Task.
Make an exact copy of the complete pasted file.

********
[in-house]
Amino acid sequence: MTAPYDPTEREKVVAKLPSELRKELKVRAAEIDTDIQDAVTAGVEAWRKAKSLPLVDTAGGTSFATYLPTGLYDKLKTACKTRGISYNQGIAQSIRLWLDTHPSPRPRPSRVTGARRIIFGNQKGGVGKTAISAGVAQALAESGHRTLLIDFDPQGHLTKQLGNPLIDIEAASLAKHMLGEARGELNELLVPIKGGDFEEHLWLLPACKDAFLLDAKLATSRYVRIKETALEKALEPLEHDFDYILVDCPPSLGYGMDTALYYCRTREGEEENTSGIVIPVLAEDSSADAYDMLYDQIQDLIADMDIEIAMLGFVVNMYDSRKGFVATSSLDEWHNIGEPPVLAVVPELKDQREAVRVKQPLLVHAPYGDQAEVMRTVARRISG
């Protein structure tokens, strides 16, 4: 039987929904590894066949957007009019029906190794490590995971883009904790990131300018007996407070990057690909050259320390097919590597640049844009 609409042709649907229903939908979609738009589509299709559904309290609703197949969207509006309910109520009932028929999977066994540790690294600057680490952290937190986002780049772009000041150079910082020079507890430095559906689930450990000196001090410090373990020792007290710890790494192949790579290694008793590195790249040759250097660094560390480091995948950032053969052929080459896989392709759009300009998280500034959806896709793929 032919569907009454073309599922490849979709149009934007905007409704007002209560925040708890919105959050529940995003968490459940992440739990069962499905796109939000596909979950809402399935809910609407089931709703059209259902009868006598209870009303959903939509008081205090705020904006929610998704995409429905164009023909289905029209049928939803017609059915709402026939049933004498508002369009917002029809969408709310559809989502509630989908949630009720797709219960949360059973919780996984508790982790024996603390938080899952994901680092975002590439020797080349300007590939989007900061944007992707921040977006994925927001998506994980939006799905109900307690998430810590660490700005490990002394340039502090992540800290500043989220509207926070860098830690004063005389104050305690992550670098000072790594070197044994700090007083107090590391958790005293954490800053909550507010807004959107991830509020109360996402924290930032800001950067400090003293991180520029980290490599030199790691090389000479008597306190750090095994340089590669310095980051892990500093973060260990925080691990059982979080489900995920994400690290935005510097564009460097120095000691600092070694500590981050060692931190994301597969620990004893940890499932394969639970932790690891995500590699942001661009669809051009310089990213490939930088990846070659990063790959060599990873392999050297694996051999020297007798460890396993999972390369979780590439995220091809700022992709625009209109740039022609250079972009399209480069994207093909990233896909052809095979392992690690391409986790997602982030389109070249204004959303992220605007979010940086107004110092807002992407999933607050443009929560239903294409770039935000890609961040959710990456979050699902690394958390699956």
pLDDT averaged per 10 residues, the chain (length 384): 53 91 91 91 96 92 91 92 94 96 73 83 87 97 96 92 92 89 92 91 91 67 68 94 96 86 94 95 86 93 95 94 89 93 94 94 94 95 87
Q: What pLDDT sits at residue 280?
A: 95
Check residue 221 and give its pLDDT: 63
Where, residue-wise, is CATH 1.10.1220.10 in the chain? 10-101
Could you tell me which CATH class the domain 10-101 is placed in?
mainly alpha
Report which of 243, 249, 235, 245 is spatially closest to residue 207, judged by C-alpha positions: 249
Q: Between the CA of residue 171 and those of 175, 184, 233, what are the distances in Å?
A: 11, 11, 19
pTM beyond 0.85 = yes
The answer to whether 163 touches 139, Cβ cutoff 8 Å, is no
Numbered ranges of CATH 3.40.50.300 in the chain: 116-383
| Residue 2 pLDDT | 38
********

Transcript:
[in-house]
Amino acid sequence: MTAPYDPTEREKVVAKLPSELRKELKVRAAEIDTDIQDAVTAGVEAWRKAKSLPLVDTAGGTSFATYLPTGLYDKLKTACKTRGISYNQGIAQSIRLWLDTHPSPRPRPSRVTGARRIIFGNQKGGVGKTAISAGVAQALAESGHRTLLIDFDPQGHLTKQLGNPLIDIEAASLAKHMLGEARGELNELLVPIKGGDFEEHLWLLPACKDAFLLDAKLATSRYVRIKETALEKALEPLEHDFDYILVDCPPSLGYGMDTALYYCRTREGEEENTSGIVIPVLAEDSSADAYDMLYDQIQDLIADMDIEIAMLGFVVNMYDSRKGFVATSSLDEWHNIGEPPVLAVVPELKDQREAVRVKQPLLVHAPYGDQAEVMRTVARRISG
């Protein structure tokens, strides 16, 4: 039987929904590894066949957007009019029906190794490590995971883009904790990131300018007996407070990057690909050259320390097919590597640049844009 609409042709649907229903939908979609738009589509299709559904309290609703197949969207509006309910109520009932028929999977066994540790690294600057680490952290937190986002780049772009000041150079910082020079507890430095559906689930450990000196001090410090373990020792007290710890790494192949790579290694008793590195790249040759250097660094560390480091995948950032053969052929080459896989392709759009300009998280500034959806896709793929 032919569907009454073309599922490849979709149009934007905007409704007002209560925040708890919105959050529940995003968490459940992440739990069962499905796109939000596909979950809402399935809910609407089931709703059209259902009868006598209870009303959903939509008081205090705020904006929610998704995409429905164009023909289905029209049928939803017609059915709402026939049933004498508002369009917002029809969408709310559809989502509630989908949630009720797709219960949360059973919780996984508790982790024996603390938080899952994901680092975002590439020797080349300007590939989007900061944007992707921040977006994925927001998506994980939006799905109900307690998430810590660490700005490990002394340039502090992540800290500043989220509207926070860098830690004063005389104050305690992550670098000072790594070197044994700090007083107090590391958790005293954490800053909550507010807004959107991830509020109360996402924290930032800001950067400090003293991180520029980290490599030199790691090389000479008597306190750090095994340089590669310095980051892990500093973060260990925080691990059982979080489900995920994400690290935005510097564009460097120095000691600092070694500590981050060692931190994301597969620990004893940890499932394969639970932790690891995500590699942001661009669809051009310089990213490939930088990846070659990063790959060599990873392999050297694996051999020297007798460890396993999972390369979780590439995220091809700022992709625009209109740039022609250079972009399209480069994207093909990233896909052809095979392992690690391409986790997602982030389109070249204004959303992220605007979010940086107004110092807002992407999933607050443009929560239903294409770039935000890609961040959710990456979050699902690394958390699956």
pLDDT averaged per 10 residues, the chain (length 384): 53 91 91 91 96 92 91 92 94 96 73 83 87 97 96 92 92 89 92 91 91 67 68 94 96 86 94 95 86 93 95 94 89 93 94 94 94 95 87
Q: What pLDDT sits at residue 280?
A: 95
Check residue 221 and give its pLDDT: 63
Where, residue-wise, is CATH 1.10.1220.10 in the chain? 10-101
Could you tell me which CATH class the domain 10-101 is placed in?
mainly alpha
Report which of 243, 249, 235, 245 is spatially closest to residue 207, judged by C-alpha positions: 249
Q: Between the CA of residue 171 and those of 175, 184, 233, what are the distances in Å?
A: 11, 11, 19
pTM beyond 0.85 = yes
The answer to whether 163 touches 139, Cβ cutoff 8 Å, is no
Numbered ranges of CATH 3.40.50.300 in the chain: 116-383
| Residue 2 pLDDT | 38